Obsessive-Compulsive Disorder

Compare and Contrast a Psychodynamic/Psychoanalytic and a Cognitive-Behavioural Approach to the Understanding and Treatment of Obsessive-Compulsive Disorder. Which approach do you prefer and why? Obsessive-Compulsive disorder is not yet fully understood, and thus is presently the subject of a number of possible theories regarding its origin and treatment. Despite this controversy however, a number of basic facts regarding the symptoms and diagnosis of the disorder remain consistent among all these approaches (it is the cause and treatment that is under question, not the form the disorder itself takes).

The basic symptoms of Obsessive-Compulsive disorder centre on the afflicted individual suffering from constant obsessive thoughts of an unpleasant and unrealistically excessive nature (such as that of being contaminated by germs, or wanting to do harm to a family member). This obsession is seen to cause great anxiety in the sufferer, which is temporarily alleviated through the compulsive repetition of a ritualistic act or thought (excessive washing, repeating a particular line over and over etc).

What originally causes these obsessions to occur, what form they take, and how they can be dealt with is not nearly so straightforward. It is these questions that have led to the development of a number of competing views. The Psychodynamic/Psychoanalytic (in this circumstance these terms prove to be interchangeable) view focuses on internal, unconscious conflicts their and displacement. The Cognitive-Behavioural viewpoint bases itself on a lowering of defence mechanisms that allows anxiety to develop to the extent that self-perpetuating obsessive-compulsive cycles are formed.

Although these two viewpoints are seen by the psychological community as opposed, the lack of empirical evidence means that neither can be said to be totally correct, and thus it is not impossible that the two may be reconciled to some extent. When discussing the understanding of Obsessive-Compulsive disorder from the two aforementioned viewpoints, it is useful to note that they both have strengths and weaknesses, and these do not appear to overlap.

Namely, the Psychodynamic viewpoint is particularly strong in its description of how and why the obsessions originate as well as explaining the form the obsessions and the compulsions take, but is rather week on the persistence of the disorder. The Cognitive behavioural viewpoint on the other hand is not as strong on the origins of the problems, but focuses on the behaviour involved and so on the persistence of the illness.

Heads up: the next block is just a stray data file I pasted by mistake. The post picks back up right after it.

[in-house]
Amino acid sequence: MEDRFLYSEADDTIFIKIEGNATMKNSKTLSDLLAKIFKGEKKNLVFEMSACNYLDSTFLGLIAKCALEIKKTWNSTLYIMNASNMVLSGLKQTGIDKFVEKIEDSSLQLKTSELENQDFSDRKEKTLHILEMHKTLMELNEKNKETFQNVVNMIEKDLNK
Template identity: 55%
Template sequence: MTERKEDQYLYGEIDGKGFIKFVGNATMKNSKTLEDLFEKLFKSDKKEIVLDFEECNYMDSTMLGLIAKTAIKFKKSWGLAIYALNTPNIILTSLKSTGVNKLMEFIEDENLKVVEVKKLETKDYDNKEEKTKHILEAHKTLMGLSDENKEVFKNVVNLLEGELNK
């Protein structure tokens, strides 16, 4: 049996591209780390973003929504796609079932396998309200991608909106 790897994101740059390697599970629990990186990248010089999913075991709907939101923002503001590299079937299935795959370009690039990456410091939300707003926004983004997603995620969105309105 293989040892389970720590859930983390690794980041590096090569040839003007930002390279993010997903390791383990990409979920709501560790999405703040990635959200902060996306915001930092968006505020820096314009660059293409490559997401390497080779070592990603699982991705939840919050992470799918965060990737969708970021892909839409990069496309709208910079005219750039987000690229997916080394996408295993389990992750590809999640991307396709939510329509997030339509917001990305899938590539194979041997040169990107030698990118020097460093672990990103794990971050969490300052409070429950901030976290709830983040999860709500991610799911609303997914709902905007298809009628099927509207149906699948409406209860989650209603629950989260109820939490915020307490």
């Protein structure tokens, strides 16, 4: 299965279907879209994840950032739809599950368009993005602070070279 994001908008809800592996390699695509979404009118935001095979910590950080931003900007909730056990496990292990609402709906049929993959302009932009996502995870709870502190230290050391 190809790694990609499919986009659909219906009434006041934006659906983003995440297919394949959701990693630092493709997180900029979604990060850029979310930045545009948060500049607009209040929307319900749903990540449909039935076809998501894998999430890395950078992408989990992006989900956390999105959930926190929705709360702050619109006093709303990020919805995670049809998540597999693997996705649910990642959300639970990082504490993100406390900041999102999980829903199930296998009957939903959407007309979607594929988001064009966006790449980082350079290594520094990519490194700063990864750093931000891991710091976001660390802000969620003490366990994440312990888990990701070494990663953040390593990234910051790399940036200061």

The Psychoanalytic account finds its roots in Freudian theory. He claimed that it represented a failure to resolve the anal psychosexual stage, and the result was personal failures, conflicts or problems being forced into the unconscious as the superego could not reconcile itself with such problems. This ‘bottling up’ caused severe mental problems and as such the angst was displaced onto a less unacceptable alternative (the obsession) to stop the ego defences from becoming overwhelmed. In the same vein, the compulsions represented reaction formations to the negative thoughts or impulses through symbolic, diametrically opposed behaviours. A compulsion for cleaning or washing represented the cleansing of the unconscious wishes, undoing something is cancelling these wishes, and laborious or personally harmful tasks represented atonement, etc (Freud, 1976)

While much of Freudian theory has been extensively revised, the core components often remain, and that is true in the case of the psychodynamic approach to Obsessive-Compulsive disorder. The current Psychodynamic stance is very similar, but does not focus on the ‘psychosexual stages’ or the concepts of the id, ego and superego. Instead it suggests that the obsession can spring from the displacement and substitution of any repressed issue that causes great anxiety and threatens to invade conscious thoughts.